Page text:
The Rio Grande Valley receives the large majority of its water supply, both surface and groundwater, from its headwaters in Colorado and northern New Mexico. They constitute a small fraction of the drainage basin. This hydrological reality imposes severe constraints on the potential supply of water for the inhabitants of the Rio Grande Valley. For most of its history, the inhabitants accommodated themselves to the flood-and-drought vagaries of the river, modifying it in only very minor ways. This changed with the incursion of railroads in New Mexico in the 1870’s. The effects of access to distant markets and to modern engineering technology resulted in changes to the Rio Grande that by the middle of the 20th century made it scarcely recognizable as the same river that had existed 100 years prior. In many cases, the changes were not intentional, but rather arose from unforeseen outcomes of economic activities. We have now reached the point where water utilization is a zero-sum game. If water is to be put to new uses, it has to be taken away from an existing user. Water availability is the constraining limitation on human activity in the Rio Grande Valley. The question for the 21st century is whether the inhabitants of the Valley will continue to reallocate the water to satisfy blindly accepted societal goals, and suffer the inevitable unintended consequences, or whether they will recognize the limiting role of water supply and try to direct water use toward achieving the best quality of life possible within the water limitation.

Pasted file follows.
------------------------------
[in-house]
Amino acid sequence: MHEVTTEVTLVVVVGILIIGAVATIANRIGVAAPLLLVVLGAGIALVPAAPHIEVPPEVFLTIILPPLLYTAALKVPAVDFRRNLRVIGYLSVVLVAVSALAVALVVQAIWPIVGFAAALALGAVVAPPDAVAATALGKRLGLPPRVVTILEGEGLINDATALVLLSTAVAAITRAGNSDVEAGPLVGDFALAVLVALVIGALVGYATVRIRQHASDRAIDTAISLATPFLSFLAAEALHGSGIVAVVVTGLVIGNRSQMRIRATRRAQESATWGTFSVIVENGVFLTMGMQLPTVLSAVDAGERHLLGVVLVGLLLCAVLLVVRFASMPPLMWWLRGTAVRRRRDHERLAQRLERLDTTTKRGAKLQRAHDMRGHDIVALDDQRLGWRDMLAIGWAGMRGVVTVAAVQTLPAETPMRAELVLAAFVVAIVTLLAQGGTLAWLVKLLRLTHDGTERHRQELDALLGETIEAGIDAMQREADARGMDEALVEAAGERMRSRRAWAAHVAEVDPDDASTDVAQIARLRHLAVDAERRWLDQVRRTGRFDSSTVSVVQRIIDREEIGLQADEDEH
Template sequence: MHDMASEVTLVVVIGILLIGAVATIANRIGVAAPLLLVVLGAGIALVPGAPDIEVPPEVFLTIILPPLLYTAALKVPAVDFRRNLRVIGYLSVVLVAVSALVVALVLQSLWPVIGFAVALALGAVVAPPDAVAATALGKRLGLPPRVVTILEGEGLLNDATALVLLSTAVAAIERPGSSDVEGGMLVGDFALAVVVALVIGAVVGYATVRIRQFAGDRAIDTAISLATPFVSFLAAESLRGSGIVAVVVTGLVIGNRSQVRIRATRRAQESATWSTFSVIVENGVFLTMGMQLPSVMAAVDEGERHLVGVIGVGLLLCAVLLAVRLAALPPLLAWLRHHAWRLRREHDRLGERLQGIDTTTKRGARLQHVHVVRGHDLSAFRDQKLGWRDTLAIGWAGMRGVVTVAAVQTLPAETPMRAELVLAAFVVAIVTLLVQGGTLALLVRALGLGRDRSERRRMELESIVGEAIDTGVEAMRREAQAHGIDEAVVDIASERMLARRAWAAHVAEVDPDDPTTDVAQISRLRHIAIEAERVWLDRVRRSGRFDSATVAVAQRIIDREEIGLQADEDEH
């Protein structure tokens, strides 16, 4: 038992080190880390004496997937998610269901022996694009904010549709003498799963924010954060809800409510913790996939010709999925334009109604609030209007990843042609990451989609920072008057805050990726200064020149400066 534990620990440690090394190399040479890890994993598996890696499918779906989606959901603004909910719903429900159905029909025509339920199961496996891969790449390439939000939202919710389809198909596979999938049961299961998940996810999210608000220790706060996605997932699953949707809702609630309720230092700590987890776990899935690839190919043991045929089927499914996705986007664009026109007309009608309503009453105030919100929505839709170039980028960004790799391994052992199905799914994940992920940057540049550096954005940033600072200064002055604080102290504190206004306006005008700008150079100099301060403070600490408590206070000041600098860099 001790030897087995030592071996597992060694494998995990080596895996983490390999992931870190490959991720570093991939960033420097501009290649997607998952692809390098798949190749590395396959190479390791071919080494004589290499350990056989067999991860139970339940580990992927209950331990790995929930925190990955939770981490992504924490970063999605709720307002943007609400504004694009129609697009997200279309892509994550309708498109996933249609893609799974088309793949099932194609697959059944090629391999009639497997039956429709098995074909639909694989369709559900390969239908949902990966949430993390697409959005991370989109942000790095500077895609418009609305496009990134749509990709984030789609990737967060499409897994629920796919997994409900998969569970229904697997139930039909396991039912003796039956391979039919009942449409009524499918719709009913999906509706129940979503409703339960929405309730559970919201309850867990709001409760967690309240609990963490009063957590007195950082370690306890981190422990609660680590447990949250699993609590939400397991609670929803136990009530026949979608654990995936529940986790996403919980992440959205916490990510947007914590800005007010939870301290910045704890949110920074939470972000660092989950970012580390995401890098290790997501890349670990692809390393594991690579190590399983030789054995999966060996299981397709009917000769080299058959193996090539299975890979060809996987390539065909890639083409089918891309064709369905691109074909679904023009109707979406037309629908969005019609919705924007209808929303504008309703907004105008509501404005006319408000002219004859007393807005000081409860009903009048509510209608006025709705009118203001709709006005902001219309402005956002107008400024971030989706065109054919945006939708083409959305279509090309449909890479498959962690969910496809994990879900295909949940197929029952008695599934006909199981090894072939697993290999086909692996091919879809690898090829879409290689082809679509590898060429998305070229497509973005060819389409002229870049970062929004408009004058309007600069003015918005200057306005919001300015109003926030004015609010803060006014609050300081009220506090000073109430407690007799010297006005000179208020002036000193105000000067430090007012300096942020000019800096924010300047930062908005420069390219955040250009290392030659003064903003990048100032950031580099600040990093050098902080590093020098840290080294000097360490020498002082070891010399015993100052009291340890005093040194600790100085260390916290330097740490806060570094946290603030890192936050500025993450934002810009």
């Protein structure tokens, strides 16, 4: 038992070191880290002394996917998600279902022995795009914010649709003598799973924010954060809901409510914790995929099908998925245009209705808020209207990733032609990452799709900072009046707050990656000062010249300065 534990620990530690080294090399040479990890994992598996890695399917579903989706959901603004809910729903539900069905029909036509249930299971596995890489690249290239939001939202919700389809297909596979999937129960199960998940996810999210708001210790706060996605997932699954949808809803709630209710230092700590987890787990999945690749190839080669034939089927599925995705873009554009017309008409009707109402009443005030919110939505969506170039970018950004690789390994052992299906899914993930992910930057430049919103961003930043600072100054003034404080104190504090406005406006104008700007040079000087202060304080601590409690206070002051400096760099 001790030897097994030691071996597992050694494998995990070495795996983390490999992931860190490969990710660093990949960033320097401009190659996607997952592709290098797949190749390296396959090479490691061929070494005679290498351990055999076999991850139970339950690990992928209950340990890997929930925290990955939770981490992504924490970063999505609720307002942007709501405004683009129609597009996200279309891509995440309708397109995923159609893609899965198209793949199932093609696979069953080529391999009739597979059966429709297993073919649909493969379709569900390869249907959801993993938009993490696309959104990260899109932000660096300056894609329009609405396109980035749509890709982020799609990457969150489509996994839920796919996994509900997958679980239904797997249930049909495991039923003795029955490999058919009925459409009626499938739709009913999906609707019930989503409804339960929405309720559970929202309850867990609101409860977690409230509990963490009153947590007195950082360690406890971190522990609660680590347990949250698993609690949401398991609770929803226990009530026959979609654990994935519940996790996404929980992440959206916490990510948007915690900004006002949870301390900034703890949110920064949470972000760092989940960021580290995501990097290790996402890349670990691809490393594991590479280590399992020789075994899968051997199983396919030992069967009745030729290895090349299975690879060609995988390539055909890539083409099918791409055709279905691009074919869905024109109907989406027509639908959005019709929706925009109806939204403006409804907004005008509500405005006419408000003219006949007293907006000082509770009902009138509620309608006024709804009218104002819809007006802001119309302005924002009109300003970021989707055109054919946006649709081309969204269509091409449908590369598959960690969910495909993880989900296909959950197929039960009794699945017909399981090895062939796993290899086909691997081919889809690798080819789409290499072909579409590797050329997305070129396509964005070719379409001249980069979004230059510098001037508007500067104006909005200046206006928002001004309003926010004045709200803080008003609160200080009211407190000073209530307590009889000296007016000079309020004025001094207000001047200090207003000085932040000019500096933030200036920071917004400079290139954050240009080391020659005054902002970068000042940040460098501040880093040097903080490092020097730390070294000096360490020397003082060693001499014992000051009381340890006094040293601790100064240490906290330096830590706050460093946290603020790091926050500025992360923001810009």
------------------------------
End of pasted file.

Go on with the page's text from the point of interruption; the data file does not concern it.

Fred M. Phillips is a Professor of Hydrology and Director of the Hydrology Program in the Department of Earth & Environmental Science at New Mexico Tech in Socorro. His undergraduate degree in Earth Science is from UC Santa Cruz and he earned a Ph.D. in hydrology from the University of Arizona in 1981. Current research interests include environmental tracers in surface water and groundwater, paleoclimate and paleohydrology, surface-exposure dating using cosmogenic nuclides, tectonic geomorphology, and the interactions of social and hydrological systems in the southwestern U.S.
Desert Air, a traveling exhibition opening at the Branigan Cultural Center on Friday, November 7, showcases photographs taken by renowned National Geographic photographer George Steinmetz. Desert Air is the first comprehensive photographic collection of the world’s “extreme deserts,” which receive less than four inches of precipitation per year. A number of family and adult programs will accompany the exhibit, imparting visitors with a better understanding of how desert ecosystems impact the world that we live in. Lectures by historian Dr. Garcia-Bryce will provide a look into how different cultures have made deserts their home. Family workshops with demonstrate the challenges that taking aerial photographs can represent, as well as the impact that light can have on the desert environment. There will also be other events such as a book club, and docents lead tours of the exhibit. For a full list of activities, see our webpage or facebook.
The Branigan Cultural Center is located at 501 North Main Street. Gallery hours are Tuesday through Saturday from 9am to 4:30pm. For more information, contact the Branigan Cultural Center at (575) 541-2154 or visit the Center’s website at las-cruces.org/museums.